Art helped Anu Jain cope with a rare disability, & she now seeks to spread that joy among kids
Anu Jain was born with a rare medical condition which requires her to use a wheelchair. This self-taught artist based in Bengaluru says art has helped her create a beautiful world around herself and seeks to share this joy with children.
Even as a child Anu Jain was keenly drawn to various forms of art and it was inevitable that she would pursue it seriously. Born with a rare medical condition where her arms extend until the elbows and legs until the knees. Anu was educated by her family at home for want of an inclusive school at Kharagpur, West Bengal.
Her sharp mind and eagerness to learn led her to experiment with various painting mediums and she is largely self-taught.
From pencil, to water-based colors, poster, oil-pastel, even glad, she paints on different textures and objects ranging from cloth to clay. Anu says her skills were further honed by her teacher Sharmila Roy, who encouraged her to get a formal certification from the art institute, Pracheen Kala Kendra.
In art, says Anu, she has been able to create a beautiful world around herself.
Art and music has added meaning to my life, helping me to develop a positive attitude and this is the driving force that keeps me going forward. At times the mentality of people and negative attitudes of society towards people with disabilities make me think about the many barriers that need to be broken to make the world same for everyone. – Anu Jain, Art teacher
Anu says a nurturing home environment has helped her cope with the negativity she encounters. Her parents have always encouraged her love for art and today she is independent thanks to this. Her paintings are in great demand by individuals and corporates and she holds art classes for children in Bengaluru, where she is now based.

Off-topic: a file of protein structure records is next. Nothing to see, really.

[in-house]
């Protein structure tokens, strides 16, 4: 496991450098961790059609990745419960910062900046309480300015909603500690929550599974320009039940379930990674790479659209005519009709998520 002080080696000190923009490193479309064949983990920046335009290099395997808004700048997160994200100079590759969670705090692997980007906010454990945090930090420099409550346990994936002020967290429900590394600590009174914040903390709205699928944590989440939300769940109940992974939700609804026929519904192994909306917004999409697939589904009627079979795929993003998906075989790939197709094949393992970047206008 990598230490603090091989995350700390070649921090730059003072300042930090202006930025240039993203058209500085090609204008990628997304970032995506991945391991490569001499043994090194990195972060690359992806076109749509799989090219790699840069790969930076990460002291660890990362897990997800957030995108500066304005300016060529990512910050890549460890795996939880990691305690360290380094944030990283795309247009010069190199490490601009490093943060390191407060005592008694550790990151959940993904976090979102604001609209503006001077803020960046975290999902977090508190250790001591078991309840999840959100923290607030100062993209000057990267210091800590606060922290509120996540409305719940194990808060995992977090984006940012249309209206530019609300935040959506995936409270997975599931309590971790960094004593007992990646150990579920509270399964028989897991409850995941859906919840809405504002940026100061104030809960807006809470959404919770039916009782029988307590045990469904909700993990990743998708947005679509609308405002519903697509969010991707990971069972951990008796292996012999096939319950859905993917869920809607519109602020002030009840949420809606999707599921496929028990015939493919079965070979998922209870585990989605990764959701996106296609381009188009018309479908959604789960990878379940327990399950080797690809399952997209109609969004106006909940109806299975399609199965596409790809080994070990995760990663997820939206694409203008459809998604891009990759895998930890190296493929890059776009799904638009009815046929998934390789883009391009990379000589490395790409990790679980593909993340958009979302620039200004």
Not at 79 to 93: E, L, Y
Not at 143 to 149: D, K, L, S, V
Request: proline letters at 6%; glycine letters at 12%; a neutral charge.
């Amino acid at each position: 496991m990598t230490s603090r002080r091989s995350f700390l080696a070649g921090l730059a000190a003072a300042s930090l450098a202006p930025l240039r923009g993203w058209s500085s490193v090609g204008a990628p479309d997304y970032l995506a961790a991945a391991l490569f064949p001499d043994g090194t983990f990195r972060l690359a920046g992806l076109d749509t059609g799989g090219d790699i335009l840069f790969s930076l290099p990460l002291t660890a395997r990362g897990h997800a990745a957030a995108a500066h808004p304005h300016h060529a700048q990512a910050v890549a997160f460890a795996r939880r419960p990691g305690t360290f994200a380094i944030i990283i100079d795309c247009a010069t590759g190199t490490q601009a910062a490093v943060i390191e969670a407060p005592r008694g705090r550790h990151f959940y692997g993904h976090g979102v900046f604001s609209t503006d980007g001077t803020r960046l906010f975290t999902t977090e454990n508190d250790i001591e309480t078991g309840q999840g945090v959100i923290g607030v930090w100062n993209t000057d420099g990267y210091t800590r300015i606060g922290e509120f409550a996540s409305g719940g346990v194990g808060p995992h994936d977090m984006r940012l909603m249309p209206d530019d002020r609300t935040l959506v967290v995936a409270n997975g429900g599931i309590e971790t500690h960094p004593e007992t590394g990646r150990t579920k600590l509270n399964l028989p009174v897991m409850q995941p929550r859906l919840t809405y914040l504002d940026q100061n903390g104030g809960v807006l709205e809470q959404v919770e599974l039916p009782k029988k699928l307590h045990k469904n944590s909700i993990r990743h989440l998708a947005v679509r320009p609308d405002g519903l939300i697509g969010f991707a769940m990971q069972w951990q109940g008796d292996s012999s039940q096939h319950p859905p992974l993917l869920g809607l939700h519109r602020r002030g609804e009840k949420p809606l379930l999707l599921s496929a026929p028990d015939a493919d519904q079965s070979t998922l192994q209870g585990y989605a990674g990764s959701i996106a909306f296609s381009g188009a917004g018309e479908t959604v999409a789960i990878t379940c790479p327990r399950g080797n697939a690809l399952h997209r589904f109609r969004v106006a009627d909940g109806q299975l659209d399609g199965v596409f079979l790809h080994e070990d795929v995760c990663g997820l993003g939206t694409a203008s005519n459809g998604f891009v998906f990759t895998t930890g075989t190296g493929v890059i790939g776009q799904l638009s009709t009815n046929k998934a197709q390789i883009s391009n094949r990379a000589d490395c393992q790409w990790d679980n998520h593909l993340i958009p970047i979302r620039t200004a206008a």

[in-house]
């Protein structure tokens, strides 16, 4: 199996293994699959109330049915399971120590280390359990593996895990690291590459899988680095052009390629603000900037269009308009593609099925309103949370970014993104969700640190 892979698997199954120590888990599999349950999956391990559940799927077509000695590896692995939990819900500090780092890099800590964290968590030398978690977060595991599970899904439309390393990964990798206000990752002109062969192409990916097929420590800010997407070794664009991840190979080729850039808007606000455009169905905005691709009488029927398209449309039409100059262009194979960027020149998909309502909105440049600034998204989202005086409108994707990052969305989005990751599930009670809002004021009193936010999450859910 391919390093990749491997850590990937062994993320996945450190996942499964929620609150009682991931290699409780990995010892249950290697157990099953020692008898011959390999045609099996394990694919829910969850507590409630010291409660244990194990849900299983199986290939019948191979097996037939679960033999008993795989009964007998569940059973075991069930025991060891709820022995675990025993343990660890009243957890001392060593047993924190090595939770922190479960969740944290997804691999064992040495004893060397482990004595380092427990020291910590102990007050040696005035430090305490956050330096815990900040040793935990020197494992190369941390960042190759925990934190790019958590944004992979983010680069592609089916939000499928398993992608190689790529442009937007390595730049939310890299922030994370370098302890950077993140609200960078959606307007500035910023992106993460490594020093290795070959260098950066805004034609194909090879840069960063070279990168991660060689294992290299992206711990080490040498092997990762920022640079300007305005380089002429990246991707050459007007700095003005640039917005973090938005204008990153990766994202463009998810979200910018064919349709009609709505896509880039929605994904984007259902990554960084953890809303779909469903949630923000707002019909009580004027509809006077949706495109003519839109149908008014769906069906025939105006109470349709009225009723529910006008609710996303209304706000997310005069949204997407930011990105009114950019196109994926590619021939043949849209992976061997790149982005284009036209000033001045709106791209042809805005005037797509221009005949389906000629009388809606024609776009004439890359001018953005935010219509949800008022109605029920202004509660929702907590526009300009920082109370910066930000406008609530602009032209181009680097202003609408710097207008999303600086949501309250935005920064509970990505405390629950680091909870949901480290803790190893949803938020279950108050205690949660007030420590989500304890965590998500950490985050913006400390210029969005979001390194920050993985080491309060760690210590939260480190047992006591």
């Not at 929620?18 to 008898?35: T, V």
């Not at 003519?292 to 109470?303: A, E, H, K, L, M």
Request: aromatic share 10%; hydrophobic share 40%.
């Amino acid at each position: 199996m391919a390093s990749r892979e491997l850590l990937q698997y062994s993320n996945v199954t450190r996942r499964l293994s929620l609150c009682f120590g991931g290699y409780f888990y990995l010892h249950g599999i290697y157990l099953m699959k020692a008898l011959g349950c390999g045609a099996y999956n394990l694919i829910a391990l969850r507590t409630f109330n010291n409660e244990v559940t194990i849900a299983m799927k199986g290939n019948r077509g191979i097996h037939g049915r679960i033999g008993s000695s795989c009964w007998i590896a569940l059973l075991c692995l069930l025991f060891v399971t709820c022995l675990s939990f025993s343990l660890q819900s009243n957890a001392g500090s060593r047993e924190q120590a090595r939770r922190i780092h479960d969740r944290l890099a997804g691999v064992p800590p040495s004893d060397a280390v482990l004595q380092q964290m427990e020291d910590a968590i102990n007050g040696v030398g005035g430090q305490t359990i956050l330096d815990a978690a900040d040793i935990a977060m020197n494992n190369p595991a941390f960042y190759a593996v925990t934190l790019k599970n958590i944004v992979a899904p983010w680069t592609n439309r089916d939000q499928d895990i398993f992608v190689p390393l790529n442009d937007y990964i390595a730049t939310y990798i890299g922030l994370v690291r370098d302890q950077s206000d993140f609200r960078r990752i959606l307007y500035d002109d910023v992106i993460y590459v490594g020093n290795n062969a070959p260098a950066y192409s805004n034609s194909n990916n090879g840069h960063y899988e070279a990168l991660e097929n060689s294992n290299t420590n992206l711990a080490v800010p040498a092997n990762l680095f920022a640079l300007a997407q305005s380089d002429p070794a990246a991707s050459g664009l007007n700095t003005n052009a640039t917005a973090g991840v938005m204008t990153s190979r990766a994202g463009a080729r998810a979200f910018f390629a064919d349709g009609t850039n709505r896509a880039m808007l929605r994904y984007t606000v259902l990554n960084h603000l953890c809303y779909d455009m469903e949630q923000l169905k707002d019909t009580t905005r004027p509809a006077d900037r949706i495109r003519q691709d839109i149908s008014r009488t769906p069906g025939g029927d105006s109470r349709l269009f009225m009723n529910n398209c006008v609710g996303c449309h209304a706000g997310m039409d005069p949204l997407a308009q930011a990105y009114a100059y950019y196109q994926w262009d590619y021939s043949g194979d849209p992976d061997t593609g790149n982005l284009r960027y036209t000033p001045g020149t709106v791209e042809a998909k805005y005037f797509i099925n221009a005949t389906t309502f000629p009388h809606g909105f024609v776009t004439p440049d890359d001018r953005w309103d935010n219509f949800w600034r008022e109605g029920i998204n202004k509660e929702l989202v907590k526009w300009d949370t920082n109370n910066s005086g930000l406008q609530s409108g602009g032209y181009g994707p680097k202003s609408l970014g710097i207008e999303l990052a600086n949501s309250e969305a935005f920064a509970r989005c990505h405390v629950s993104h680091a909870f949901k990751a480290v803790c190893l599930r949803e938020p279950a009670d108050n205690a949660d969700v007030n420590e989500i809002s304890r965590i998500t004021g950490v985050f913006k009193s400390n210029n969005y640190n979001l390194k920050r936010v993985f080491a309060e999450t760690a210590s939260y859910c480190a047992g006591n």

“I love working with children. They are such happy beings and bring cheer to my life”, says Anu. “I start with teaching them the basics of drawing and letting them find their own way. My aim is to help them think for themselves and create ideas. I feel that children spread happiness while grownups get caught in the rut of daily lives and forget to be happy.”
Anu’s brother Trilok feels great pride when he sees her today. ”Anu faced many challenges while growing up and she survived the struggles because of the positive state of mind she developed over the ages. It has enabled her to look at beauty in the harshest of times”.
If there’s one thing Anu would like to change its greater freedom of movement, something she is unable to enjoy in Bengaluru. “I cannot go out on my own as there is too much traffic here while in Kharagpur I used to go out in my electric wheelchair. Here, there are few footpaths and its a struggle for people like me when the infrastructure lacks inclusiveness,” she says.
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